Carey Williams’ sophomore effort Emergency — working off a screenplay by KD Dávila — revolves around best friends Kunle (Donald Elise Watkins) and Sean (RJ Cyler). They’re Black students nearing graduation, who are anticipating completing an epic party crawl around campus. Sean is your classic party hardy college student, not as concerned with his future as much as he’s worried about if he’ll have enough time to pregame before marathoning seven different parties in the same night. Kunle is a different breed. He’s incredibly smart and about to go to Princeton to continue his research into bacteria and fungi.
Their plans for a debaucherous evening come to a screeching halt the moment they return find a young, unconscious white girl in their living room floor, unbeknownst to their other roommate, Carlos (Sebastian Chacon). The woman appears to be drugged, fades in-and-out of consciousness, and can’t even utter her own name. Kunle wants to call the police. Sean knows there’s likely no way to sell the possibility that two Black kids are innocent parties when an underage white girl lies motionless in their apartment.
After much debating and arguing, the three decide to take her to the hospital themselves. Eventually, they learn the young girl’s name is Emma (Maddie Nichols), who was brought on campus by her irresponsible sister (pop singer Sabrina Carpenter), who is desperately trying to find her using the tracking device on their phone. Kunle, Sean, and Carlos hop in Kunle’s van — which has a busted taillight, making them an even greater target for unwanted attention — en route to the hospital, forced to take backroads in effort to avoid the police.
Williams — whose debut feature, R#J, was an adaptation of Shakespeare’s Romeo & Juliet for the social media era — has something of a template on which to work. This is another distinctly modern film casting a light on America’s complex race relations ala Blindspotting. Dávila’s screenplay is a lofty one, infusing comedic, dramatic, and thriller elements into the story. Williams is mostly tactile in juggling the variety of tonal shifts, which sometimes happen at the drop of a hat.
Emergency simply tries to do too much, resulting in being average as opposed to great. It tries to handle themes of police brutality and racial bias, all while presenting the irony that characters who have been systematically dehumanized might inadvertently cost another person’s life while trying to preserve their own. Its focus ends up being broad, effectively limiting a lot of its potency to simple acknowledgements of real-world injustices.
The third act shines as things get all too real after a lot of mishandled comedy in the midsection. Emergency is never as funny as it wants to be largely because in the realm of comedy it never feels like it finds its own voice. For as much as people griped that Booksmart was a copy of Superbad, Emergency sometimes plays like a remake of the Judd Apatow-produced classic — right down to Kunle keeping his college acceptance a secret from his best friend. Dávila is too bound to preexisting properties to find his own voice, even if he is making a justifiable effort to make this material more palatable for the casual viewer given the realistic scenario it portrays.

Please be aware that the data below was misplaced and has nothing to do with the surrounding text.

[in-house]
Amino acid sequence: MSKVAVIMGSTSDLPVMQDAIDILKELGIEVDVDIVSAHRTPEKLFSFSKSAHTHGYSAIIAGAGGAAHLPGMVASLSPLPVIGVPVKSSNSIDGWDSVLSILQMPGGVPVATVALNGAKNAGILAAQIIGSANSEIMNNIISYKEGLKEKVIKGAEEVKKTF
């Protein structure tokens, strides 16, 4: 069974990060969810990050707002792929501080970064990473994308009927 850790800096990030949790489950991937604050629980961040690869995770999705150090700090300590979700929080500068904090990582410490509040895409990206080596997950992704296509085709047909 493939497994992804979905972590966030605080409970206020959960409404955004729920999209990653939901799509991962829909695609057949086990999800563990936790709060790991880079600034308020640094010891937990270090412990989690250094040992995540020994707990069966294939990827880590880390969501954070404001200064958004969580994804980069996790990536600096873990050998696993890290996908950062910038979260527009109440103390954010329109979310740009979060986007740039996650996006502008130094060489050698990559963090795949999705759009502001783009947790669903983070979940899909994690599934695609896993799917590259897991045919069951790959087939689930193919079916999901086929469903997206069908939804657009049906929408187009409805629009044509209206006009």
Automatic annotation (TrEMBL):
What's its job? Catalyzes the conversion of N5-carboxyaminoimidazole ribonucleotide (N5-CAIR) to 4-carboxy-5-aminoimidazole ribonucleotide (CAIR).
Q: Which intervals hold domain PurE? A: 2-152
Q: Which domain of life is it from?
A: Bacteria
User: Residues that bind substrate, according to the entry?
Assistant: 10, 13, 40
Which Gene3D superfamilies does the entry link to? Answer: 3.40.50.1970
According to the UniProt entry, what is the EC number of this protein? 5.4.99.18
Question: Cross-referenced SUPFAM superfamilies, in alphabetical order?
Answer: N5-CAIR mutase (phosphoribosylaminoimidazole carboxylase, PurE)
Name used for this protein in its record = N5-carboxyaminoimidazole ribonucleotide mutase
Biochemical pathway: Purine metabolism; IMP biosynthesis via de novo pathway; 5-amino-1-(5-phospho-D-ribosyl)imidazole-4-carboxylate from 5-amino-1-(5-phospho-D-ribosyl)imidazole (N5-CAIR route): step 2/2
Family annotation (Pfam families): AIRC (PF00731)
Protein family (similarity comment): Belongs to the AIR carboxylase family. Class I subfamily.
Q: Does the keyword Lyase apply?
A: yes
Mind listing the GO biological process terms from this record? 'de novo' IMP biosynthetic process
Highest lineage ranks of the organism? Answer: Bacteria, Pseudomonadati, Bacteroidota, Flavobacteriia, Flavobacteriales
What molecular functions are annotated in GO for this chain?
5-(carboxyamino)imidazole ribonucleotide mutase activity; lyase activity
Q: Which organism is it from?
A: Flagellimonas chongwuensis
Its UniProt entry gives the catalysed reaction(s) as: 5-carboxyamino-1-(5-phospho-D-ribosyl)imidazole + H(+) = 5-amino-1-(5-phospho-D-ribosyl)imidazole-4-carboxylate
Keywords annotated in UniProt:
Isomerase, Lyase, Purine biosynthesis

The actors are blameless in the matter. Most rise to the occasion and take on the challenge of a movie all-but-defined by its many tonal shifts. Cyler, who shined in last year’s The Harder They Fall, not to mention Me and Earl and the Dying Girl before that, and Watkins are an amiable, opposites-attract duo. When the third act demands a serious reality check for all involved, coupled with an emotional finale, it’s made great thanks to their prowess. Chacon, however, is rendered irritating by writing that hamfists him into the McLovin archetype. Carlos isn’t a hapless dope, but he’s Napoleon Dynamite compared to the realistic characterization of Kunle and Sean.
Alas, Emergency falls short and not due to its ambitious nature. The mishandled comedy feels more like dead weight on an already meaty project. Helping the viewer retain interest in spite of its shortcomings is Michael Dallatorre’s ultra-cool cinematography, which is saturated in dark colors that make the blacklighting during the party scenes pop. This is a movie with a lot of flavor. It’s also a movie that’s a lot of a lot.
NOTE: Emergency is now streaming exclusively on Amazon Prime Video.
Starring: Donald Elise Watkins, RJ Cyler, Sebastian Chacon, and Sabrina Carpenter. Directed by: Carey Williams.
Steve Pulaski has been reviewing movies since 2009 for a barrage of different outlets. He graduated North Central College in 2018 and currently works as an on-air radio personality. He also hosts a weekly movie podcast called "Sleepless with Steve," dedicated to film and the film industry, on his YouTube channel. In addition to writing, he's a die-hard Chicago Bears fan and has two cats, appropriately named Siskel and Ebert!